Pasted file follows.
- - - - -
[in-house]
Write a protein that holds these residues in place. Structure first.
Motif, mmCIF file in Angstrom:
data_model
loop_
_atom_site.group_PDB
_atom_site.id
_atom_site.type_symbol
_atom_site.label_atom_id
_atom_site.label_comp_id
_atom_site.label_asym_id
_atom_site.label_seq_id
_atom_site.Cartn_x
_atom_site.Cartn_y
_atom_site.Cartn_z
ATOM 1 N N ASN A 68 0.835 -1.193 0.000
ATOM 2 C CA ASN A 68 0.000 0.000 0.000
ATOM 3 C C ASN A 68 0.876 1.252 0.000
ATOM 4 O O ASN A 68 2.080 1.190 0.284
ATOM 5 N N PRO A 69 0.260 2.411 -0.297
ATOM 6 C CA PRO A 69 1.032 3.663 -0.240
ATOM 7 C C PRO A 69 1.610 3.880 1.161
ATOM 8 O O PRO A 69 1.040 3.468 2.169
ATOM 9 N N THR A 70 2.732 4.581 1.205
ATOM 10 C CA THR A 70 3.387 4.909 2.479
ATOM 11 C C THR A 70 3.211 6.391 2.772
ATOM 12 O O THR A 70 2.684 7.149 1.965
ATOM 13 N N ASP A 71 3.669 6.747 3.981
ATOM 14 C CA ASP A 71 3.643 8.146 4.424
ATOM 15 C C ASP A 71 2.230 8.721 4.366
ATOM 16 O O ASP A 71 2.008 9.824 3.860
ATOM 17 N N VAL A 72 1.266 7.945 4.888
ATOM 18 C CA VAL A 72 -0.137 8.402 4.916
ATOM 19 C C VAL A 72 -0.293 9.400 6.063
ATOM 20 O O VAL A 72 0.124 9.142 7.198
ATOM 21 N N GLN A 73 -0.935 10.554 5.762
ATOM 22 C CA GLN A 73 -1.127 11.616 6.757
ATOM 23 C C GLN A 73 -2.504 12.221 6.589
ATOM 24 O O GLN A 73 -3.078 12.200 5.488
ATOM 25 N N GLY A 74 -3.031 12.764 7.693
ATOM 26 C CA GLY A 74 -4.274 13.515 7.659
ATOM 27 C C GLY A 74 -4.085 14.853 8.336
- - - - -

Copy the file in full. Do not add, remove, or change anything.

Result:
[in-house]
Write a protein that holds these residues in place. Structure first.
Motif, mmCIF file in Angstrom:
data_model
loop_
_atom_site.group_PDB
_atom_site.id
_atom_site.type_symbol
_atom_site.label_atom_id
_atom_site.label_comp_id
_atom_site.label_asym_id
_atom_site.label_seq_id
_atom_site.Cartn_x
_atom_site.Cartn_y
_atom_site.Cartn_z
ATOM 1 N N ASN A 68 0.835 -1.193 0.000
ATOM 2 C CA ASN A 68 0.000 0.000 0.000
ATOM 3 C C ASN A 68 0.876 1.252 0.000
ATOM 4 O O ASN A 68 2.080 1.190 0.284
ATOM 5 N N PRO A 69 0.260 2.411 -0.297
ATOM 6 C CA PRO A 69 1.032 3.663 -0.240
ATOM 7 C C PRO A 69 1.610 3.880 1.161
ATOM 8 O O PRO A 69 1.040 3.468 2.169
ATOM 9 N N THR A 70 2.732 4.581 1.205
ATOM 10 C CA THR A 70 3.387 4.909 2.479
ATOM 11 C C THR A 70 3.211 6.391 2.772
ATOM 12 O O THR A 70 2.684 7.149 1.965
ATOM 13 N N ASP A 71 3.669 6.747 3.981
ATOM 14 C CA ASP A 71 3.643 8.146 4.424
ATOM 15 C C ASP A 71 2.230 8.721 4.366
ATOM 16 O O ASP A 71 2.008 9.824 3.860
ATOM 17 N N VAL A 72 1.266 7.945 4.888
ATOM 18 C CA VAL A 72 -0.137 8.402 4.916
ATOM 19 C C VAL A 72 -0.293 9.400 6.063
ATOM 20 O O VAL A 72 0.124 9.142 7.198
ATOM 21 N N GLN A 73 -0.935 10.554 5.762
ATOM 22 C CA GLN A 73 -1.127 11.616 6.757
ATOM 23 C C GLN A 73 -2.504 12.221 6.589
ATOM 24 O O GLN A 73 -3.078 12.200 5.488
ATOM 25 N N GLY A 74 -3.031 12.764 7.693
ATOM 26 C CA GLY A 74 -4.274 13.515 7.659
ATOM 27 C C GLY A 74 -4.085 14.853 8.336